On the back panel of the A75M-UD2H there are a number of possibilities for your connections. Starting from the top there is a single PS/2 port which will support either a mouse or keyboard, four USB 2.0 ports, two USB 3.0 ports, a single gigabit Ethernet port, both the analog and digital audio ports and the video ports. For the video ports, there is every connection available including the older VGA port, a DVI port, an HDMI port and even a display port which is something I have not seen integrated into a motherboard before. You can run dual-link DVI from the integrated graphics or even run the discrete and integrated graphics at the same time, depending on your preferences.

 

 

Down on the expansion slots you will definitely smile. You can see there are two PCI Express x16 slots, a single PCI Express x1 slot and a lone legacy PCI slot. The PCI Express x16 slot at the top runs at x16 speeds electrically and the bottom PCI Express x16 slot runs at x4 electrically. All PCI Express slots conform to PCI Express 2.0 specifications and can support both CrossFireX between dual discrete cards as well as a Hybrid CrossFireX between the integrated GPU and specific discrete video cards.

 

Just as with the back panel, the internal headers and ports give you a vast amount of expandability. On the bottom of the board starting from the left is the front panel audio header, a SPDIF header, a firewire header, two USB 2.0 headers (F_USB1 supports the On/Off charge feature with a USB 2.0 supported bracket), an internal USB 3.0 header (which we have wanted for some time), a COM header and the front panel control headers. Turning around to the right side of the board there are five SATA 6.0Gbps ports for those fast SSD and hard drives, an LPT header, and a TPM module header for a Trusted Platform Module if needed.

 

 

Looking at the socket you can see the gap where there are less pins needed for the Socket FM1 APU. Gigabyte has also chosen the new retention bracket design we have seen popping up on the latest AMD based motherboards which makes the CPU area seem a lot less crowded. There is plenty of room around the socket allowing for water cooling and large CPU heat sinks for maximum cooling. To power your APU, Gigabyte uses a 4+1 phase VRM to provide clean constant power to your processor and memory. The A75M-UD2H supports up to 32GB of Dual Channel memory up to 1866MHz when overclocked. I am really impressed how newer boards stagger the memory slots so they have room to breathe and are not stacked right up against one another.

 

 

To cool the board, there are two heat sinks over the critical areas. For the voltage section there is a fin style heat sink designed to quickly dissipate the heat. There is also a flat style heat sink over the Fusion Hub Controller chip near the PCI Express expansion slots. Both of the heat sinks feel as if they are made of a thick aluminum material which would make for a better heat transfer.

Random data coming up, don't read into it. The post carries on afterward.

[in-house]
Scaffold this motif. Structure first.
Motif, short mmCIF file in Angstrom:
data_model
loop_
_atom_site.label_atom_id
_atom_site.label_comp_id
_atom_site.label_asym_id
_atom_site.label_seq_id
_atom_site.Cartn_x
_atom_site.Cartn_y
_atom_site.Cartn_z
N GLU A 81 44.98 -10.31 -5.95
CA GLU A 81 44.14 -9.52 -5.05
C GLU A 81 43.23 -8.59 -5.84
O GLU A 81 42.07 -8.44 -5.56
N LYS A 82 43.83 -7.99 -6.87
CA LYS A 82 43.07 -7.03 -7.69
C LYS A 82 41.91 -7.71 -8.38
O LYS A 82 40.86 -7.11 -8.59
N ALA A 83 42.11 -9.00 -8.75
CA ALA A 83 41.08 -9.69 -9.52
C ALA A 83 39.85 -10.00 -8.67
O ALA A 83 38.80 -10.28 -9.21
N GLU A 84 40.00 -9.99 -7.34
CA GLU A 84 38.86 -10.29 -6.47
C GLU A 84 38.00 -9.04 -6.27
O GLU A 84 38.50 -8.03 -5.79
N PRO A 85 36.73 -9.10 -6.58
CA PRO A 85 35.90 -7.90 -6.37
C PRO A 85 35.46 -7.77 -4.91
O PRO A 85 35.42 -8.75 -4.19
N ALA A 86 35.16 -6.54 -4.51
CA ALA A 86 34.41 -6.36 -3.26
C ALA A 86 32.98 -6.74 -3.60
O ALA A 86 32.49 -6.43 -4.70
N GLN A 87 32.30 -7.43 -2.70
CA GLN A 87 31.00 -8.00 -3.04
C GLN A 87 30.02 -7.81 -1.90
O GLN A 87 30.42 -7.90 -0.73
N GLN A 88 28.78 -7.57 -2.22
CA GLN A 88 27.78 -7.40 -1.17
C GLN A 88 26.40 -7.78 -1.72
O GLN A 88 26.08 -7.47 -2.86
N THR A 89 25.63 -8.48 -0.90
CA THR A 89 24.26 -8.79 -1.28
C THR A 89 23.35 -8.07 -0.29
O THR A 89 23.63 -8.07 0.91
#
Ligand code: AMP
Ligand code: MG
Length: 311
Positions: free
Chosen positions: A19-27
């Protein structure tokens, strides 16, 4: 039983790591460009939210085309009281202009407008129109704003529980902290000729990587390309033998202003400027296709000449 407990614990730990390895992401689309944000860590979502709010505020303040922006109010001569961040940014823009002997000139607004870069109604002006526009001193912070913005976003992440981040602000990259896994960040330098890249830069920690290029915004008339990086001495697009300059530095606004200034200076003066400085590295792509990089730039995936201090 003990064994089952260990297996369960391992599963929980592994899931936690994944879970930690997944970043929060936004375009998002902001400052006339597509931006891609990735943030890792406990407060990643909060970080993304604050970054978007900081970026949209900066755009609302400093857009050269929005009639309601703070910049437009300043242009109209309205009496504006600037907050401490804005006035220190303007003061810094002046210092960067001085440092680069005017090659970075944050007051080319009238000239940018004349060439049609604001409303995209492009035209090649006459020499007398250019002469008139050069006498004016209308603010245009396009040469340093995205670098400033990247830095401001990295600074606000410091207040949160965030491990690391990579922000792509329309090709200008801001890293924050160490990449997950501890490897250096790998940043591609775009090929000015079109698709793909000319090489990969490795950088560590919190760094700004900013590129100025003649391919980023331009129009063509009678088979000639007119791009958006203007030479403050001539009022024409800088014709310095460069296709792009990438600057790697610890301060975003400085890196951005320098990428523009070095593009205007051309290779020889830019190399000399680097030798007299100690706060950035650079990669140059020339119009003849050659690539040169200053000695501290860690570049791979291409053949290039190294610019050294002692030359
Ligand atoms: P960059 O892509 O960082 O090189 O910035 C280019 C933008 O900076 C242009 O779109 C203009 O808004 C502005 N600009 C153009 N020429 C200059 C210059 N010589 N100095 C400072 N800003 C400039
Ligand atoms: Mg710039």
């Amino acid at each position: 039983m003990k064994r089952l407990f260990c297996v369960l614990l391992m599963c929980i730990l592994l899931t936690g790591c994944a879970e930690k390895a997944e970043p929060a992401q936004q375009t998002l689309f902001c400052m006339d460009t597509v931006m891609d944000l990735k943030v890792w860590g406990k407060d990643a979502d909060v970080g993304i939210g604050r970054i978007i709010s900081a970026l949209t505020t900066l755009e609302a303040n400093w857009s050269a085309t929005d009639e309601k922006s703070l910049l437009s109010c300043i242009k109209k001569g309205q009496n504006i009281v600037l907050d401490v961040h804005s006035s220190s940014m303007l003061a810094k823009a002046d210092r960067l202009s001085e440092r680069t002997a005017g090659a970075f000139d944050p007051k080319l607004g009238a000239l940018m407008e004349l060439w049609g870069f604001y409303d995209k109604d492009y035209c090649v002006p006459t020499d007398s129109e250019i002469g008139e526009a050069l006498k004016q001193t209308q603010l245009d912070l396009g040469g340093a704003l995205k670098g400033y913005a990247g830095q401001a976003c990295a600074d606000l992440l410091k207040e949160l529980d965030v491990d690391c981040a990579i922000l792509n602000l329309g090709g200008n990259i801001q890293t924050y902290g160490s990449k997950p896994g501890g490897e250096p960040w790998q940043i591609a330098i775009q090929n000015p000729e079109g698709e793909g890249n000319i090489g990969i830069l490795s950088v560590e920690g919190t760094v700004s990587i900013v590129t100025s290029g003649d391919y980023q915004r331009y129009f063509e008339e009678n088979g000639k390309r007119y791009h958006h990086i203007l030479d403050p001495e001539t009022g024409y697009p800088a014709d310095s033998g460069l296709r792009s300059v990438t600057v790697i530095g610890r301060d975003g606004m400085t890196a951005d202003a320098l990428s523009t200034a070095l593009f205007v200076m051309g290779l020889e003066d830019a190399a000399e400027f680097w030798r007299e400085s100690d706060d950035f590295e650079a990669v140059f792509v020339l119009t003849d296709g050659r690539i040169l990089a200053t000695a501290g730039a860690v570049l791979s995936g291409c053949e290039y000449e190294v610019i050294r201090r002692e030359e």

Now that we have seen the new APU and supporting Socket FM1 board we can move to the testing part of the review.

Specifications:

Model Number & Core Frequency:
A8-3850 / 2.9GHz
OPN:
AD3850WNZ43GX
L1 Cache Sizes:
64K of L1 instruction and 64K of L1 data cache per core (512KB total L1 per processor)
L2 Cache Sizes:
1MB of L2 data cache per core (4MB total L2 per processor)
Integrated GPU:
Radeon HD 6550D
Graphics Core:
Up to 400 Radeon™ Cores, DirectX® 11 capable, UVD3
Types of Memory Supported:
DDR3 up to 1866MHz
Packaging:
Socket FM1 937-pin lidded μPGA
Process Technology:
32-nanometer
Approximate Die Size:
228mm2
Max TDP: 
105 Watts
AMD Codename:
"Llano"
*Note:
configurable for dual 64-bit channels for simultaneous read/writes

 

Features:

 

All information courtesy of AMD

Testing:

Testing the AMD A8-2950 APU will include running it and comparison product(s) through the OCC test suite of benchmarks that include both synthetic benchmarks and real world applications to see how each of these products perform. The gaming tests will also include both synthetic benchmarks and actual game play to see if similarly prepared setups offer any performance advantages. Instead of leaving the gaming tests to a discrete video card, the gaming prowess of the IGP will get a small workout as well. The APU will receive a fully updated fresh install of Windows 7 Professional 64-bit edition and I've used the latest drivers for each board and the latest AMD Catalyst drivers for the XFX HD 6970. To ensure as little variables as possible, all hardware will be tested at their stock speeds, timings, voltages and latencies - unless otherwise stated.

 

Testing Setup: AMD Socket FM1

 

Testing Setup: Intel Core i5/i7 Socket 1155


 

Comparison Boards:

 

 

Overclocking:

Overclocked Settings: